Meningitis in your words

Luke 's story

  • Location: England
  • Categories: GAS (Group A streptococcal)
  • Age: Baby 0-1
  • Relationship: Parent
  • Outcome: Full recovery

This is a story about Luke Tamsett, who has now just turned 7 years old. I speak in the present tense because this story ended well and is intended to give hope to any family that has been through what we went through.

Luke was born on November 20th 2008. He is the brother of Reiss, who was 3 at the time. Within 10 weeks of birth, Luke fell very ill. Initially he had a high temperature and slight diarrhoea. He was also off his bottle. We phoned NHS Direct and gave Luke Calpol, which helped in settling him.

On Thursday Jan 29th January, Luke was still running a high temperature and had a tummy rash. He started vomiting periodically. Around midday I noticed a slight twitch in his right eye and right leg. 

My wife, Clare, took Luke to A&E at Queen Mary’s Hospital in Sidcup. He was seen immediately and they said he had a head cold and gastro-enteritis. He came home but had bad diarrhoea and wouldn’t sleep. He was moaning, irritable and seemingly in pain. He projectile vomited 6 times. He looked terrible and still had a rash (that disappeared under a tumbler.) His cry was high pitched and he was distressed. We rang NHS Direct again, who advised us to go back to A&E, after hearing his cry.

"They chillingly told us unless they operated, Luke would probably die; his little head was cut open from one ear to the other."

Upon arrival at A&E at 7pm, they put a cannula in straight away, with a drip and antibiotics, as they feared meningitis. An hour later he started to fit on the right hand side only. Dr Khan injected him with Lorazepam, which stopped the fit but knocked him out. A CT Brain scan & Chest X-ray showed no abnormal problems. He was admitted to the ward at 1am.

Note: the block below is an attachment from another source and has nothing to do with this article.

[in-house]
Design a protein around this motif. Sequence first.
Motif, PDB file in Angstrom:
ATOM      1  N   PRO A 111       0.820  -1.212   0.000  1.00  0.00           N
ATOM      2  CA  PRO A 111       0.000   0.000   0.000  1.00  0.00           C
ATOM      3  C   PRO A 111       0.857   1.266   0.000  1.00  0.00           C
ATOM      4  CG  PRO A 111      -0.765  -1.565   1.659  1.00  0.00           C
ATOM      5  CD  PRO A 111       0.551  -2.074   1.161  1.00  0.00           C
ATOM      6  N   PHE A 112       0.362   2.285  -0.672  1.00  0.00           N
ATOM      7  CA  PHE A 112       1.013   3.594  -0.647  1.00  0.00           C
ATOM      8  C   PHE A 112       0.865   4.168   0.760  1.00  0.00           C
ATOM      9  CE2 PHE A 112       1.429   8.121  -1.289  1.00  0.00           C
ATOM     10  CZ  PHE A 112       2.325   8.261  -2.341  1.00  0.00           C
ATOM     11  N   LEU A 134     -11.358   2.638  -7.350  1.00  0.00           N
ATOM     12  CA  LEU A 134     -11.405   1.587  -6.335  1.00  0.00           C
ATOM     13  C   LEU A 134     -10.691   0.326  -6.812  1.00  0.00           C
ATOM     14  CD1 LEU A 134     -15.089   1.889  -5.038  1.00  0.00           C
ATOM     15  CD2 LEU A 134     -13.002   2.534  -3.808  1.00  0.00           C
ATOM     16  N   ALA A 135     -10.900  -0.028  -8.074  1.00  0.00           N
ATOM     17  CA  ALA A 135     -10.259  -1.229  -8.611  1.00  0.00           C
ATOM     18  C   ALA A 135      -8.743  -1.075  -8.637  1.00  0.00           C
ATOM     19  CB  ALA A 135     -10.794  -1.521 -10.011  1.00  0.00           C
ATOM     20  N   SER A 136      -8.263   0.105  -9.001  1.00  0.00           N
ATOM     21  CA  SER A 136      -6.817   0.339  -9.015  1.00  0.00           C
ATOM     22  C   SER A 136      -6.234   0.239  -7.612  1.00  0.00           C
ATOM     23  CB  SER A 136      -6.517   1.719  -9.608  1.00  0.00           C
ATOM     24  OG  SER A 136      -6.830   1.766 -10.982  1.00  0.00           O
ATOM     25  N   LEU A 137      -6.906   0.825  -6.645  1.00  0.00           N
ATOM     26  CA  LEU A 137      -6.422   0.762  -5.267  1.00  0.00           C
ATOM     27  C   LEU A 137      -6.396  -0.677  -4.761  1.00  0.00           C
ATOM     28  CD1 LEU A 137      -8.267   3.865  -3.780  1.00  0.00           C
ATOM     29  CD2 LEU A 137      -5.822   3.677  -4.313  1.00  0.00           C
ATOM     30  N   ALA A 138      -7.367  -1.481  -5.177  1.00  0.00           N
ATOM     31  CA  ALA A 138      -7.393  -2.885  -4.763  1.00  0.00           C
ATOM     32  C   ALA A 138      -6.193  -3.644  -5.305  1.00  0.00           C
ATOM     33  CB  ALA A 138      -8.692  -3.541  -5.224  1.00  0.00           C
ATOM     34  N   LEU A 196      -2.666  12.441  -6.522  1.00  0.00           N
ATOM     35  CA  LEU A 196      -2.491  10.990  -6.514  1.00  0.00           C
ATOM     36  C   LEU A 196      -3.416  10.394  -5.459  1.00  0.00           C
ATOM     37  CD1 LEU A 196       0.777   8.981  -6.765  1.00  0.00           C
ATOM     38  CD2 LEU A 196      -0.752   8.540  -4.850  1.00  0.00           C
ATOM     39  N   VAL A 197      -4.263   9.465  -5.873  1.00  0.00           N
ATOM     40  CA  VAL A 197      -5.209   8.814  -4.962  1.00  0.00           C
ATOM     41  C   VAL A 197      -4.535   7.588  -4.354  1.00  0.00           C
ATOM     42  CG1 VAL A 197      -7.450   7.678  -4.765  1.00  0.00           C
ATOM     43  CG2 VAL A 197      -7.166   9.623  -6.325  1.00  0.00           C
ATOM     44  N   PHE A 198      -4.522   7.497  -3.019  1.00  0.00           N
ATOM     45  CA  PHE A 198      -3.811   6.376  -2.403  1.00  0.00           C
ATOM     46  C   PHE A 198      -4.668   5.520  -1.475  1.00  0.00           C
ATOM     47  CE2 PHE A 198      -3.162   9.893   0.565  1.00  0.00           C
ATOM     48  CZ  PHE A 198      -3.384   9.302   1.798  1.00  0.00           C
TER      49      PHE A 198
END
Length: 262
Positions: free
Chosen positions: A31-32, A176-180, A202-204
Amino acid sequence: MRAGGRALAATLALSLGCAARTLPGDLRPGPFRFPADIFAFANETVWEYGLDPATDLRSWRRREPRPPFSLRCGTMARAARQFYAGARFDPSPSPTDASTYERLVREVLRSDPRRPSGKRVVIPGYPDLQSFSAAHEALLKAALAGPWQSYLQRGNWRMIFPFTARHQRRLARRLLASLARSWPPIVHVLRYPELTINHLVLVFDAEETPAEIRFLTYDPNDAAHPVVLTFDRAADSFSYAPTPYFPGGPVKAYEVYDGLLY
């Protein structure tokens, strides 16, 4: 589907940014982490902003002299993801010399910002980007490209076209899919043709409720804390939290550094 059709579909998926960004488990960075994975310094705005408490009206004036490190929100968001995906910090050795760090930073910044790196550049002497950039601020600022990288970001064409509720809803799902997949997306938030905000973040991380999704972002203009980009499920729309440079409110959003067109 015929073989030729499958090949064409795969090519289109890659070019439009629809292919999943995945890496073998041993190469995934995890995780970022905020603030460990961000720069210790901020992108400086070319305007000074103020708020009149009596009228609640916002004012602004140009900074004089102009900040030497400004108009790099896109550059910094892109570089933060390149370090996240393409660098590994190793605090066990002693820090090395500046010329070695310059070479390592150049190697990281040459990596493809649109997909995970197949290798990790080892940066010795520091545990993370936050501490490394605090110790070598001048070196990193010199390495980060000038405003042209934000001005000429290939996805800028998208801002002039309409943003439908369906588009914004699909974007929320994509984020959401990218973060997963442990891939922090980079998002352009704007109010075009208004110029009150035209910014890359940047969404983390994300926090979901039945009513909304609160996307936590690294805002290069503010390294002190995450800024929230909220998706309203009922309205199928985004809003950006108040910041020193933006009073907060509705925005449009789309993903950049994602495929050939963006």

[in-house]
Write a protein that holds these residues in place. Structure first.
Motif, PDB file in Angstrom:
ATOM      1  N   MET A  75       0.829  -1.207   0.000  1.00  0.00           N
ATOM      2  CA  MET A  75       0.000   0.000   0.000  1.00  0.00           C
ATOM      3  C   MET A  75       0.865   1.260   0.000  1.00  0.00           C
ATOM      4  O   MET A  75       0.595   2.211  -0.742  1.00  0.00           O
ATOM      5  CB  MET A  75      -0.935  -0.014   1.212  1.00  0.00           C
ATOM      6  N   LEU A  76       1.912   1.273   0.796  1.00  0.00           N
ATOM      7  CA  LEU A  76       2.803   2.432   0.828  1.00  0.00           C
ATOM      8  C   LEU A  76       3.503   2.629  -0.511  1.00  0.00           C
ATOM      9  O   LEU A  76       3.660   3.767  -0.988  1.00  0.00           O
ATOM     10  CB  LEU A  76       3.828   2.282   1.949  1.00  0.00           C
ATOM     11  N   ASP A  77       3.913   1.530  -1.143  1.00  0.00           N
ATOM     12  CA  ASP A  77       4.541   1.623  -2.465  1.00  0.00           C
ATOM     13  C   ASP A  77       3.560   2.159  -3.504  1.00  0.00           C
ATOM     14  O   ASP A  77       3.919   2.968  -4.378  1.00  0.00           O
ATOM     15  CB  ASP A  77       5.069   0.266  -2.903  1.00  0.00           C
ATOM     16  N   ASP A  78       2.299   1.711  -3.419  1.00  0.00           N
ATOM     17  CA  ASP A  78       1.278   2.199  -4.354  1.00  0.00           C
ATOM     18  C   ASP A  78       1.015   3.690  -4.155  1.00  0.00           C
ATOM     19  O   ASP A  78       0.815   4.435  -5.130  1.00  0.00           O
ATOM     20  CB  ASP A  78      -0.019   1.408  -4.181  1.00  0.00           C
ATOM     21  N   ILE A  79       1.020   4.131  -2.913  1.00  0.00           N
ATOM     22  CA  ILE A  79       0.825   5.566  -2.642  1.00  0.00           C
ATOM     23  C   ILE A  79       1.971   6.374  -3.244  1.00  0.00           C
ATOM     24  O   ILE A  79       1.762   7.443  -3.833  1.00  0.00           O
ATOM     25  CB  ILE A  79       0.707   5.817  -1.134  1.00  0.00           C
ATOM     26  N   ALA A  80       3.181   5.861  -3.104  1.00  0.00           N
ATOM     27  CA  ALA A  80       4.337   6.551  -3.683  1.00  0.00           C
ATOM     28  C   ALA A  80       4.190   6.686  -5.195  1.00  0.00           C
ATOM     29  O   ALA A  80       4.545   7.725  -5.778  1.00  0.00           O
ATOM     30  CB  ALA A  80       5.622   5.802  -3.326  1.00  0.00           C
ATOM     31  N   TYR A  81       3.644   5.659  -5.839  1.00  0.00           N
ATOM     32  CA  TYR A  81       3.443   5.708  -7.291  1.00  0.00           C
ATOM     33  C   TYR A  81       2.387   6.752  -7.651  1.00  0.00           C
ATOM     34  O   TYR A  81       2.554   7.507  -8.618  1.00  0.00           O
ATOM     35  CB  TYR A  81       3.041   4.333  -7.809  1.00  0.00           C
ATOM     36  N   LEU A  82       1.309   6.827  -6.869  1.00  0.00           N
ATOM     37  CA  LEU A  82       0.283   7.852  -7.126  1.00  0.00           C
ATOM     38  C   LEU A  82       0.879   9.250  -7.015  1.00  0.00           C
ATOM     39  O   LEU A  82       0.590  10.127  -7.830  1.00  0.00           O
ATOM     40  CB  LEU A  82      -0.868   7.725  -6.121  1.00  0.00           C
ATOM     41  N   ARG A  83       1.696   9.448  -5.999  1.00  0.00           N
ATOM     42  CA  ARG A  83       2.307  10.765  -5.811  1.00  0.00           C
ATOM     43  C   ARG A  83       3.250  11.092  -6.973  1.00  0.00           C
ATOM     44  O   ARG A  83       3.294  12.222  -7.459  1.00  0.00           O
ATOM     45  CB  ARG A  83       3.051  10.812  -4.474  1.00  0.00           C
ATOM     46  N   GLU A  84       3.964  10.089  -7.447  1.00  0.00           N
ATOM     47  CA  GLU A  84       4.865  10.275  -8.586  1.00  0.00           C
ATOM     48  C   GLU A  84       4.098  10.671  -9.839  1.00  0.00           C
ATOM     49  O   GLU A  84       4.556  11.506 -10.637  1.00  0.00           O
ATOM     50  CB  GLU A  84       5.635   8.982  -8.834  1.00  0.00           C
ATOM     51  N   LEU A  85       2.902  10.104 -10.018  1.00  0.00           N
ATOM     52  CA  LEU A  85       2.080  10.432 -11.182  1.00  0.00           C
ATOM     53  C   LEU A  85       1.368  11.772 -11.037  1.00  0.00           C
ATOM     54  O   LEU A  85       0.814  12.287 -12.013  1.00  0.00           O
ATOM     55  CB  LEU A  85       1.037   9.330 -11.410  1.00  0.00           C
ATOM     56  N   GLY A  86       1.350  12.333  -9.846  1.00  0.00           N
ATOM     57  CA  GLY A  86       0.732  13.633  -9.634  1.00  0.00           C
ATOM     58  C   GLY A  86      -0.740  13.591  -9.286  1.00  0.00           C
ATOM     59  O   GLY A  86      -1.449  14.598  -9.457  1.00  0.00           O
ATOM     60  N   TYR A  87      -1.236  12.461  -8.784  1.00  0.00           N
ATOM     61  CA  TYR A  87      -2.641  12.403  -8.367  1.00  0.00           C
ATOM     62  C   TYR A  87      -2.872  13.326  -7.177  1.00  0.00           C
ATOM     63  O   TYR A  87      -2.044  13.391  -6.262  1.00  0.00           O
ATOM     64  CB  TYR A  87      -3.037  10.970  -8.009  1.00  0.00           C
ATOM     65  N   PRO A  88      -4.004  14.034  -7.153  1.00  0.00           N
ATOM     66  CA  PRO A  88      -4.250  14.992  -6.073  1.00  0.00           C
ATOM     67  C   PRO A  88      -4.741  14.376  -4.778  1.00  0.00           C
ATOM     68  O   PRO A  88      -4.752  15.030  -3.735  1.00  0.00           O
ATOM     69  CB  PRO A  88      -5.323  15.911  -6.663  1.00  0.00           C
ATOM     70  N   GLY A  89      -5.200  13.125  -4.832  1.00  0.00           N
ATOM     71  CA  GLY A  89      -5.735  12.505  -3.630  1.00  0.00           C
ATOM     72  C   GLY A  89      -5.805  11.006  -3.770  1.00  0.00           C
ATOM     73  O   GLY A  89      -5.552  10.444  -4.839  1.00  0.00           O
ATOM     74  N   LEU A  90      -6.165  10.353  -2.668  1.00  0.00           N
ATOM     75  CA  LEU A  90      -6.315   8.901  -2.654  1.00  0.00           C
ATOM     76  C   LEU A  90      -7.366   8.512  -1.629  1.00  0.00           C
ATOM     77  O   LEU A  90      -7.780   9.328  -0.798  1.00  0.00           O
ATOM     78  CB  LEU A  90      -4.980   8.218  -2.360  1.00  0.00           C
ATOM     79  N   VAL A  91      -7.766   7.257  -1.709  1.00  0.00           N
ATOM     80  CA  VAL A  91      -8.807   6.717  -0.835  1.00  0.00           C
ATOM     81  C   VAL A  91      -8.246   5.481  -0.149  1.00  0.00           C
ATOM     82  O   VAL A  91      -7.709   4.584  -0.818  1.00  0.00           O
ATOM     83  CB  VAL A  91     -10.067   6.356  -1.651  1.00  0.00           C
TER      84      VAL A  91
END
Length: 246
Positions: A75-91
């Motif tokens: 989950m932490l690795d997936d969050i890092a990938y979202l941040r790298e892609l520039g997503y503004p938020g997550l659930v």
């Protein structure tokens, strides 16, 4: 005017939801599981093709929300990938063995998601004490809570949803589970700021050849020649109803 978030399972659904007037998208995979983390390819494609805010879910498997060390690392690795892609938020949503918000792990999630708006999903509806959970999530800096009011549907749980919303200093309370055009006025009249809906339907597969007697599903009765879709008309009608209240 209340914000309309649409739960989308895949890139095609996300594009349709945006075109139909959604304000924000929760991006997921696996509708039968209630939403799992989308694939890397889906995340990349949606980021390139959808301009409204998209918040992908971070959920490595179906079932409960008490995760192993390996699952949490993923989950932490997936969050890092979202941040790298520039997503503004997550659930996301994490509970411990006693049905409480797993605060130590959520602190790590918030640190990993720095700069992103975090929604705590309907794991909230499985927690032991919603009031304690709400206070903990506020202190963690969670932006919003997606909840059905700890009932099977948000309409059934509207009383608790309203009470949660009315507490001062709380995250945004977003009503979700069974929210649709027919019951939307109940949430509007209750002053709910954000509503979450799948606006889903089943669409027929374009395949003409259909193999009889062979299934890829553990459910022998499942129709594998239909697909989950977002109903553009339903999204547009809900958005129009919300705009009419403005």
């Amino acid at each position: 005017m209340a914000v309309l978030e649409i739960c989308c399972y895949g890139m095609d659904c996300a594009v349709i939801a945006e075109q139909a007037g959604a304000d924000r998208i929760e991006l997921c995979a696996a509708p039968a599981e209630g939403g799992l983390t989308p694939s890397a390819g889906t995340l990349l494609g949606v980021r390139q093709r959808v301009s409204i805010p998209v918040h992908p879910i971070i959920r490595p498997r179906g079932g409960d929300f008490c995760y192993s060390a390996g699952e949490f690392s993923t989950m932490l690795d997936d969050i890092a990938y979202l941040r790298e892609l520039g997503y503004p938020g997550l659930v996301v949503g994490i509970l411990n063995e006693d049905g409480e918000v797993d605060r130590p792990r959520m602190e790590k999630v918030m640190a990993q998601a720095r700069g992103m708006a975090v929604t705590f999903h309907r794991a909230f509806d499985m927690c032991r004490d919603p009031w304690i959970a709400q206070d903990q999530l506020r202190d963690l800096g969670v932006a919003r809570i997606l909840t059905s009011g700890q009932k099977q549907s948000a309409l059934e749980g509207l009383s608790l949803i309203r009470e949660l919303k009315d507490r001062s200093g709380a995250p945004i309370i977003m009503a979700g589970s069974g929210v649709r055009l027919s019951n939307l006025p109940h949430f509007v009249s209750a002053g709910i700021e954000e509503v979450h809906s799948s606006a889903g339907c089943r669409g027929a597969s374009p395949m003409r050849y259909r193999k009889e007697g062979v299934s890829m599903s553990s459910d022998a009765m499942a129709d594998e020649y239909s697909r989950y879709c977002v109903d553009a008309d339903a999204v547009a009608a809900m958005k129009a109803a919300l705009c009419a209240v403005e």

The next day Luke was still too ill for a lumbar puncture and was on 4 antibiotics and Phenytoin for the fits. On Saturday 31st Jan it was confirmed Luke had Group A Streptococcal Bacterial Meningitis and Septicaemia. His medication was changed accordingly.

He continued to have fits, Diarrhoea and he put on 1kg through fluid retention. He needed a blood transfusion to combat Anaemia. After an awful week, Luke finally started to show signs of improvement and it looked like he might be coming home. But this was short-lived. After another fit and CT scan, a dark area was found on one side of his brain. 

We were immediately sent to the High Dependency Unit at Kings College hospital in an ambulance. They told us the infection had caused a collection of pus on his brain. They chillingly told us unless they operated, Luke would probably die. The following day, Tuesday February 10th 2009, was the worst day of our lives. Luke endured a 5-hour Bilateral Craniotomy where his little head was cut open from one ear to the other and the pus was cleaned from the surface of his brain. Residual pus was to be cleared up through a new antibiotic (Ceftriaxone) He was transferred to intensive care in a great deal of pain and was given another blood transfusion and morphine. 

After 2 nights he was moved back to HDU and saw various Occupational and Physiotherapists. We were categorically told Luke would not get through this without lasting after effects.

He was transferred back to Queen Mary’s in Sidcup for his final recovery. A month after his illness started, Luke finally came home. His aftercare (Phenytoin, daily antibiotic injections at the hospital, community nurse visits, therapists, consultants) continued until the end of March. 

Fast forwarding to today, Luke is now a healthy 7-year old boy, doing well at school, regularly playing football and showing no side effects from his terrible ordeal (other than a head scar).

The challenges and emotions we faced across this period are too long to list here. But we were always optimistic and positive when all was going against us. We feel like we are one of the really lucky families. It brought home what an amazing professional job the nurses and doctors of the NHS did. Without them and their quick actions he wouldn’t be here today. He truly is our little miracle boy.

Mark Tamsett
November 20th 2015  (Luke’s 7th birthday)

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